Successful digital transformation goes beyond applying technology. It requires:
How can your organization thrive in these fast-moving, digital and technology-driven times? That is the crucial question every CEO and executive team member needs to ask.
Digital transformation is part of the answer. However, transforming your organization to become — and remain — truly digital requires more than technology.
For several years now, Deloitte and the MIT Sloan Management Review have conducted a global research project to find out what sets digitally mature executives and organizations apart. For digitally maturing organizations, technology is not simply an add-on to existing processes and practices. Instead, it prompts these companies to rethink how they do business. In this article, we outline the key findings from our research, highlighting the factors that separate the successful digital transformers from the laggards.
A clear strategy determines your organization’s ability to reimagine and transform your business for the digital world. The power of digital technologies lies not in their individual use, but how they are being integrated to transform your business and the way you work and operate. As such, your strategy should focus on integrating digital technologies to transform, innovate and achieve strategic goals, instead of using standalone solutions to solve a particular challenge.
Digital technologies should not be limited to separate digital divisions, channels, or functions; instead, they should be applied across the organization to support corporate strategies that address specific industry opportunities. Therefore, your digital strategy’s scope and objectives should include processes, talent engagement and business models. And, it should provide clear priorities and tell the story of how your organization will develop digital capabilities to align its activities, people, culture, and structure with a set of strategic and organizational goals.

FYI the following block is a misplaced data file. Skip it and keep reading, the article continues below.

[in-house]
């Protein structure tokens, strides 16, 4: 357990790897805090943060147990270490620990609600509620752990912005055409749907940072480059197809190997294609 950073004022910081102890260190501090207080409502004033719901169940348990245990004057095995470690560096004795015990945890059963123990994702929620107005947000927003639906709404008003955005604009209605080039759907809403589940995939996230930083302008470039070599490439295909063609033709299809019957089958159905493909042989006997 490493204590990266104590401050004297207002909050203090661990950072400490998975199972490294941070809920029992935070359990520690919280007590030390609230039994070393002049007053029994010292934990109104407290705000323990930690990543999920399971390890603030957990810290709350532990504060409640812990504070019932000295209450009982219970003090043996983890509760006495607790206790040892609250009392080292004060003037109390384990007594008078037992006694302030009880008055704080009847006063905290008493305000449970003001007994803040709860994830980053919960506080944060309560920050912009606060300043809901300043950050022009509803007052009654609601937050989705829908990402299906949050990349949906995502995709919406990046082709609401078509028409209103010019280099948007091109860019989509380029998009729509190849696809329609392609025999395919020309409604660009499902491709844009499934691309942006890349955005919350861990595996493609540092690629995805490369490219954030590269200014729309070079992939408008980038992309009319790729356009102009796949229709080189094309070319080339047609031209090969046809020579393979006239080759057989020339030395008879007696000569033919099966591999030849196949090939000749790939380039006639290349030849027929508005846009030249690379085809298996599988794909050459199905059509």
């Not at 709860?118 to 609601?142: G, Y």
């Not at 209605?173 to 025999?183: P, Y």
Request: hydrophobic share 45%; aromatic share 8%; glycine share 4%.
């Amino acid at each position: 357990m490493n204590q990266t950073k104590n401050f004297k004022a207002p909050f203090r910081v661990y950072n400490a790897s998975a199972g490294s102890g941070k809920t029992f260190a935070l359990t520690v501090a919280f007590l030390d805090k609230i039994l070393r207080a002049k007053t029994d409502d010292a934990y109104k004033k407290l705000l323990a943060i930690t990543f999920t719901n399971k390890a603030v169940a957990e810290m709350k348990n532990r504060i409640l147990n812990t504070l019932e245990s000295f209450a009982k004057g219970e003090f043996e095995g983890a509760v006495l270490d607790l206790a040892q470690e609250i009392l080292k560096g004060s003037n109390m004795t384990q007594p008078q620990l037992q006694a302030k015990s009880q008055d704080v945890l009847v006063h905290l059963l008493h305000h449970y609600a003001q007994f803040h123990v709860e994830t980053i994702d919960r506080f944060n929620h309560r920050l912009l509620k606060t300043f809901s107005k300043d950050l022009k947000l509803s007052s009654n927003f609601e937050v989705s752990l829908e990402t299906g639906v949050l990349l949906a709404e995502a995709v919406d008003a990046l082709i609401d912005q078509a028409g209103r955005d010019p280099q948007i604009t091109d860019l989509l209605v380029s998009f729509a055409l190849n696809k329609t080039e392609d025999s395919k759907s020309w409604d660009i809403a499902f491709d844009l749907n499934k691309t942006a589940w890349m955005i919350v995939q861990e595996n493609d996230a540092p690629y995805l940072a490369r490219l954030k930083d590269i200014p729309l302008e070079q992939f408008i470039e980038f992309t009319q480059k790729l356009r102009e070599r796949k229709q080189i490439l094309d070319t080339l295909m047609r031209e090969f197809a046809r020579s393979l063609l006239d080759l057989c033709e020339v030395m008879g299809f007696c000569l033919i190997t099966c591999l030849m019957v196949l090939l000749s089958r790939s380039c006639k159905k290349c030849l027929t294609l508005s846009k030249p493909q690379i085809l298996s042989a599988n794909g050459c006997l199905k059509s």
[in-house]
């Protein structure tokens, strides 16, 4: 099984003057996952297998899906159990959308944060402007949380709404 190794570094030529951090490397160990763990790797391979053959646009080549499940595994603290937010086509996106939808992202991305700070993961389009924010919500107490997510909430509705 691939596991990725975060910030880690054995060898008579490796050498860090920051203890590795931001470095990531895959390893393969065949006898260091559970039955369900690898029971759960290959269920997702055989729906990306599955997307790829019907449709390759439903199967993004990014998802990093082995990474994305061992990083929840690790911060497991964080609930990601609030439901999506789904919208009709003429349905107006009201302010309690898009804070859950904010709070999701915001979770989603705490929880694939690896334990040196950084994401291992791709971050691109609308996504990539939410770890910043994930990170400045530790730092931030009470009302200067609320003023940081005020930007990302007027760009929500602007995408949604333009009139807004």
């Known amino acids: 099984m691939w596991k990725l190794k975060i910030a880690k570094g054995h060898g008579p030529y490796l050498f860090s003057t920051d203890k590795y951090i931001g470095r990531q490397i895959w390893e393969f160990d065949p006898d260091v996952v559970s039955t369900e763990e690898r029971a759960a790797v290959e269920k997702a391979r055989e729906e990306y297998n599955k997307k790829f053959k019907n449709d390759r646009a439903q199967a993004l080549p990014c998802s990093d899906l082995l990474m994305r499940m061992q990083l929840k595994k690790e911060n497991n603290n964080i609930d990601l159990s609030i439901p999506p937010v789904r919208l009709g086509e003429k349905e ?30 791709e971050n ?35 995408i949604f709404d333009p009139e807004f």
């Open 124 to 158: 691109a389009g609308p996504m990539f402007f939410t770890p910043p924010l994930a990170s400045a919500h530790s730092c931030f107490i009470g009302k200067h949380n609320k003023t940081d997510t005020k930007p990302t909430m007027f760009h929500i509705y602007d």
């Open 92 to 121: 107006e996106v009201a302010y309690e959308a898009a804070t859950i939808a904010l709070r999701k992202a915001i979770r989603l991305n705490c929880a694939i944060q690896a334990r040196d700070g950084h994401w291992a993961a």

The typical objectives of organizations with a high digital maturity level include:
Digitally mature organizations take a “zoom out/zoom in” approach to developing a digital strategy. First, they zoom out to consider how their industries and markets will change in 10 years and beyond, and what they need to do to be prepared. Then, they zoom into the next six to 12 months and identify two or three business initiatives that have the most potential to accelerate movement toward their longer-term destination.
Digital strategies should also tackle how the company needs to change its leaders’ mindsets and evolve its workforce while supporting its core business.
Employees in digitally maturing organizations are confident in their leaders’ ability to play the digital game and are motivated to work for digital leaders. The digital agenda must be led from the top, requiring leaders to possess digital fluency. This does not mean they need to be technology experts; however, they need to be able to:
To become talent magnets, digitally maturing organizations do not only invest in strengthening the digital thinking of their senior management. They also commit to bringing digital skills to the entire organization, including a customer-first mindset, collaboration, and design thinking. And they do this increasingly online and on a just-in-time, on-the-job basis, rather than through formal classroom training.